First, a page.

As for his Comstock Lode of a franchise, the 64-year-old Tulsa, Okla., millionaire will continue tinkering, refining and reinvesting. He envisions corporate boxes, a sky-view restaurant and additional outfield stands within a few years.

In 1984 every chairback general-admission seat (about 10,000) will be replaced. Season-ticket prices will go up five percent in line with an expanded American Association schedule that will result in 77 home games. But his concession prices–tailored to what Smith calls "competitive, Dodgers-style pricing"–will not increase, "unless the market goes crazy and the price of beef doubles."

Smith sunk upwards of $1 million in the state-owned, 28-year-old facility after the 1982 season, doubling women's rest-room facilities and creating an all-new concession area with ornately styled booths and a beer garden (capacity 500) complete with gazebo and jazz quartet.

If that was Smith gesture of faith that 1982 had not been a fluke, the boldest gamble had been taken much earlier, when Louisville banker Dan Ulmer set about raising $4.1 million to bring baseball back.

The prevailing wisdom held that Ulmer's baseball committee should think in terms of building "a nice little 6,000-seat park on the river." There was no shortage of negative connotations attached to Fairgrounds Stadium (since renamed).

It had already been remodeled once–in 1973–to accommodate University of Louisville football, and the job was done in such a way as to evict the Red Sox' Triple-A affiliate, the Louisville Colonels, whose players from 1969-1972 had included Carlton Fisk, Ben Oglivie, Dwight Evans and Cecil Cooper, to name just a few.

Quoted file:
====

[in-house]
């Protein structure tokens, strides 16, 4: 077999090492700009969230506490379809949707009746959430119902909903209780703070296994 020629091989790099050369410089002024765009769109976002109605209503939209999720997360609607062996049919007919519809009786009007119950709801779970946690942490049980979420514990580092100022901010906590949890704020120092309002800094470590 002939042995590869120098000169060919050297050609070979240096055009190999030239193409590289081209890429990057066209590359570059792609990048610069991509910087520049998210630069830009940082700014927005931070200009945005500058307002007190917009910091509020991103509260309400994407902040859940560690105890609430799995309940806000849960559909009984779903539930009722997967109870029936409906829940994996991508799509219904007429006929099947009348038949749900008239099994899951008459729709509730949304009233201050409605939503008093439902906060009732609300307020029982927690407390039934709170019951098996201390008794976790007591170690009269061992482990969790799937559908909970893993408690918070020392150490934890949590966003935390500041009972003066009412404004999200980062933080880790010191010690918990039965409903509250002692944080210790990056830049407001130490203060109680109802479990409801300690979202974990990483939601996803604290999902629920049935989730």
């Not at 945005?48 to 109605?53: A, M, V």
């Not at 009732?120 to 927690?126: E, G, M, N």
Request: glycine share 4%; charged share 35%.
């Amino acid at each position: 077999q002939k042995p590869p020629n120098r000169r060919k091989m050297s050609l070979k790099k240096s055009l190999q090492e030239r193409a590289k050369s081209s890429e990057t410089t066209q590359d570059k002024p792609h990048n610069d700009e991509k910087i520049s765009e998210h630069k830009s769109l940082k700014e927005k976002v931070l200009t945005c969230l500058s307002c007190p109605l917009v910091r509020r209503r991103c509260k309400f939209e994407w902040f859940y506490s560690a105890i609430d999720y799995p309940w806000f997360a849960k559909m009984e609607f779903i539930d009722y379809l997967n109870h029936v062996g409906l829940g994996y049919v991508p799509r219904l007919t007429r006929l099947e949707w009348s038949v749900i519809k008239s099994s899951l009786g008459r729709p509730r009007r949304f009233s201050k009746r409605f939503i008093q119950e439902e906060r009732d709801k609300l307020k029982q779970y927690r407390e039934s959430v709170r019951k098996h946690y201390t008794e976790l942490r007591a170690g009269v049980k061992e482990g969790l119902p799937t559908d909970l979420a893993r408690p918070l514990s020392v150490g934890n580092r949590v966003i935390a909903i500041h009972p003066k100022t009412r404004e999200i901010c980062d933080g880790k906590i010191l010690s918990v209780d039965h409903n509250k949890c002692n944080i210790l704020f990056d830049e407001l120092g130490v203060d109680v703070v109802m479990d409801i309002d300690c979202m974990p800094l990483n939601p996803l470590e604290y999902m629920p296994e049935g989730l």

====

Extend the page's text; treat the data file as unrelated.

But Ulmer pressed doggedly on, also insisting on an attempt to lure Smith away from Springfield (Ill.) rather than rejoining the International League. Louisville had played every season in the American Association from 1902 through 1962, when the league folded. The city went without a team for six years and then, when the AA resumed operations in 1969, Louisville joined the IL.

By the time Smith bought his way out of a legal hassle with Springfield–now the home of a Class A St. Louis Cardinals affiliate–Ulmer was well on the way to raising the $4.1 million from contributors that ran the gamut from major corporations to penny-collecting schoolchildren.

Now, after two season of unprecedented minor league attendance, two questions stand out: At what point will Louisville become a formidable candidate for a major league franchise? And, what mix of factors put the Redbirds' drawing power at an extraordinary level and kept it there?

Smith flatly predicts that Louisville attendance will solidify at a million and a half annually. He only shrugs at the notion that entry into the National or American League will become a matter of serious speculation, at least.

It's just such a totally different picture, financially, with the major league salary structure," he said. "It certainly could happen, but I think it would have to involve a major corporate backer. The Twins and Dodgers are the only family-owned operations left. Look at the Cardinals: They lose money every year, but the brewery sells quite a bit of beer, doesn't it?"

Smith claims to be as flummoxed as anyone over precisely why a metropolitan area of about 1,000,000 would muster such overwhelming support. In the winter of '82, he and Ulmer would have settled happily for 400,000 fans.

"People come up to me and say 'Thank you,' but it's the fans of this area who should thank themselves," Smith said. "All I've done is take a reasonably priced, attractive product and market it. Certainly the baseball is very close to major league caliber. We have a genuine family atmosphere in the park. Beyond that, maybe you'd have to ask a psychologist to explain it."

"The baseball at this level is more entertaining–not better, but more exciting," Fregosi said. "It's the inexperience factor. I won a division title in the American League (managing California in 1979), but clinching this title has given me more satisfaction than anything I've done in baseball."